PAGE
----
Get Your Book Written in Little Chunks

Back in 2002, The New York Times reported,“According to a recent survey, 81 percent of people feel that they have a book in them…and should write it.” At that time, that meant over 200 million people in the U.S. wanted to write a book in their lifetime. As of today, March, 5, 2012, with the US population at 313,131,455,254, 254 million people have a book in their head they say they want to get out. However, if only 2 percent of that population actually complete a manuscript–as  reported by AuthorHouse.com that same year, the majority of wannabe authors actually die with their books still just a thought inside their heads. Why? Because there’s a big difference between having an idea for a book and actually writing the book.

For many wannabe authors, a book project simply feels too overwhelming and time consuming to complete let alone to start. And that’s without even considering the aspect of building the platform necessary to create a book that will sell to readers and publishers. However, by chunking the writing down into small pieces, 250-500 word pieces you produce in 30-minute writing intervals, wannabe authors can actually complete the first draft of their manuscript in no time flat and give themselves the chance to drop the “wannabe” and become a published authors.

When I coach clients who are having trouble finding time to get their books written or who feel overwhelmed by the sheer magnitude of writing a whole book, I tell them to map out their content into smaller pieces. We chunk down their chapters into small pieces they can write in short writing periods, and they schedule just 30 minutes a day or several times a week to sit down and write. They are amazed to find that by writing for 30 minutes three times a week, for example, with the goal of turning out 250-500 words in each session, their manuscript begins taking shape very quickly. In fact, by the end of one week, they have 1,000 words or more; by the end of a month, they’ve produced 4,000 words or more! This usually spurs them on to write more days per week or for longer periods.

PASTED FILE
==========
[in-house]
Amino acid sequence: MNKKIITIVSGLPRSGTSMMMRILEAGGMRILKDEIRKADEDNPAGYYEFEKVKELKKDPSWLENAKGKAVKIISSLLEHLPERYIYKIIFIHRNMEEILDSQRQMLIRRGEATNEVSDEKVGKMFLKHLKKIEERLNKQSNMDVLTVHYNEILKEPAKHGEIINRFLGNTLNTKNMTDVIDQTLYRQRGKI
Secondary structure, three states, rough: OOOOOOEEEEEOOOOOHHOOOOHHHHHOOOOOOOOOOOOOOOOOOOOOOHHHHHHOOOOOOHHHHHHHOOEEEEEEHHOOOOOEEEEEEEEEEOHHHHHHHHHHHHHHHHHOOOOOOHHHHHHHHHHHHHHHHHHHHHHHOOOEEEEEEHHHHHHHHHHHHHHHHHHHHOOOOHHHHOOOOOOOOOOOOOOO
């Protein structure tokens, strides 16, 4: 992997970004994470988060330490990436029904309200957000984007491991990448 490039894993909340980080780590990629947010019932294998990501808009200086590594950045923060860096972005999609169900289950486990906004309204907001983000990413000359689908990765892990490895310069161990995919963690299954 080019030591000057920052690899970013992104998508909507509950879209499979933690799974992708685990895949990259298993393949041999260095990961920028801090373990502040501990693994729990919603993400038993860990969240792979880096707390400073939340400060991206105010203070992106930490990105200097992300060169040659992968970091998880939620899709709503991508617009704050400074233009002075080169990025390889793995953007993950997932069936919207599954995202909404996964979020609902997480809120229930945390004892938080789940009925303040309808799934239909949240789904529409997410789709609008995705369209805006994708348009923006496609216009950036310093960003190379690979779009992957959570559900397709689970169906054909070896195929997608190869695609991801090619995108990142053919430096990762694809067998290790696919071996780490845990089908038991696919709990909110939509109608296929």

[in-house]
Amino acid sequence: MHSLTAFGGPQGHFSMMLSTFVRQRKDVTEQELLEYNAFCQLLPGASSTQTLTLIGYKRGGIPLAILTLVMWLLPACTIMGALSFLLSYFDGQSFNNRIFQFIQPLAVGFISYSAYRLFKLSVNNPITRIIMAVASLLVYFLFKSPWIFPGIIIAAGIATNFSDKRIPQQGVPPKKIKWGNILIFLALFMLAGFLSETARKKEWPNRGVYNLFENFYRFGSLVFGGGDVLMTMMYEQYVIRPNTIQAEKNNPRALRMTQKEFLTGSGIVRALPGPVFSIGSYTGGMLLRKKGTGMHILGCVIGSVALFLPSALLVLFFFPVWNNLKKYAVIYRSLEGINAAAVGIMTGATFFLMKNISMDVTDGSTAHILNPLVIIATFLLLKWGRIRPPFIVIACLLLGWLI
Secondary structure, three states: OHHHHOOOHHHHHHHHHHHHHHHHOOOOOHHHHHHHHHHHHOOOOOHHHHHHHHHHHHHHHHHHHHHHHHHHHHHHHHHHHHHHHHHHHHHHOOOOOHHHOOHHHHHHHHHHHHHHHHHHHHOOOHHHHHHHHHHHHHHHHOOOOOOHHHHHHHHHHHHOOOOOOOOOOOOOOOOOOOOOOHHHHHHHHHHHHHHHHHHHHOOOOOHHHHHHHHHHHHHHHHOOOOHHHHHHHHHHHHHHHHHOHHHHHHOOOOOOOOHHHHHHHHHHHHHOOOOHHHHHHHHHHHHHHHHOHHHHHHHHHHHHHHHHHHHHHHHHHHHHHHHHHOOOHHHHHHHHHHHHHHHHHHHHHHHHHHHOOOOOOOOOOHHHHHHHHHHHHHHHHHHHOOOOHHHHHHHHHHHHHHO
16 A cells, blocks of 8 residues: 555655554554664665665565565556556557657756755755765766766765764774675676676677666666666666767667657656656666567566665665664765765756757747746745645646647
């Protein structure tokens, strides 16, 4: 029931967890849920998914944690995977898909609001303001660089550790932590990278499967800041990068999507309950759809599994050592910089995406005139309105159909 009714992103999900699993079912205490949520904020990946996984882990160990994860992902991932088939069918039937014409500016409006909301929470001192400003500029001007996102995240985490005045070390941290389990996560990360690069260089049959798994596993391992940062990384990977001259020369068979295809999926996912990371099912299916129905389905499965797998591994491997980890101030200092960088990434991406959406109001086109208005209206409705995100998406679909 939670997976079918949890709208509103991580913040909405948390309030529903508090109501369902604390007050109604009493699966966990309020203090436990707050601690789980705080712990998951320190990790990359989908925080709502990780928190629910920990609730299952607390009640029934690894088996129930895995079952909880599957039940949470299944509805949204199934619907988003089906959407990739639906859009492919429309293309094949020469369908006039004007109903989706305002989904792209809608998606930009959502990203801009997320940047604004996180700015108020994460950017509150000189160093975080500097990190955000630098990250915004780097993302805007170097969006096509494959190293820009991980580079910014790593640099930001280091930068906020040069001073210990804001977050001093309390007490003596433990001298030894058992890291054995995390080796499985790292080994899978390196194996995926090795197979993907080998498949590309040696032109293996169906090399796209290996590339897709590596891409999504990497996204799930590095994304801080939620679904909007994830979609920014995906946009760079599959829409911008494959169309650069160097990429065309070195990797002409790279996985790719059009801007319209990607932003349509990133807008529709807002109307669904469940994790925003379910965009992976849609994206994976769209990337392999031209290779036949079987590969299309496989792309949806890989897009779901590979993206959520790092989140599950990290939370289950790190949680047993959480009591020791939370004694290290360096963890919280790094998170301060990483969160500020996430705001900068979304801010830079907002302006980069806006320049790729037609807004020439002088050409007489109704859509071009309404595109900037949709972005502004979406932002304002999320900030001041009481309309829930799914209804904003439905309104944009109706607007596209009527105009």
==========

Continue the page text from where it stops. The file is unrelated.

For those of my clients who want to take their efforts to the next level, I usually suggest they blog their books. In this way they can begin promoting themselves and their work–building the author platform they will need to attract readers and publishers.  They post their short writing pieces each day to their blog, thus providing installments of their book to online readers. If they build a large enough fan base, they might get discovered by a publisher in the process. If not, they still create a base of potential readers for a self-published book and a platform that will help them seek a publisher.

By writing consistently in this manner–short pieces several times a week–you can get that book out of your head and onto paper in less than a year (probably in 6-9 months). That will get you out of the ranks of the 254 million wannabee authors and into the ranks of the 5.1 million writers who have actually completed a manuscript and have the chance of now becoming published authors. With a manuscript in hand, you can pursue the various options available today to turn that manuscript into a book.

 

One of the easiest ways to become an author—fast—is to blog your book.

Write, publish and promote your work at the same time easily and quickly.

You might even land a publishing deal in the process.

Learn more about how to “Blog Your Way to a Book Deal” in my 4-part
teleclass,
which begins March 13. (Note date change!)

Register today! Get the details here.

About Nina Amir

Nina Amir, the Inspiration to Creation Coach, inspires writers to create published products and careers as authors as well as to achieve their goals and fulfill their purpose and potential. She is the author of How to Blog a Book and The Author Training Manual, both published by Writer’s Digest Books. A developmental editor, proposal consultant, author and book and blog-to-book coach, some of her clients have sold 230,000+ copies of their books and been published by major publishing houses. A popular speaker and workshop leader, she writes four blogs, has self-published 12 books and is the founder of National Nonfiction Writing Month, also known as the Write Nonfiction in November Challenge.

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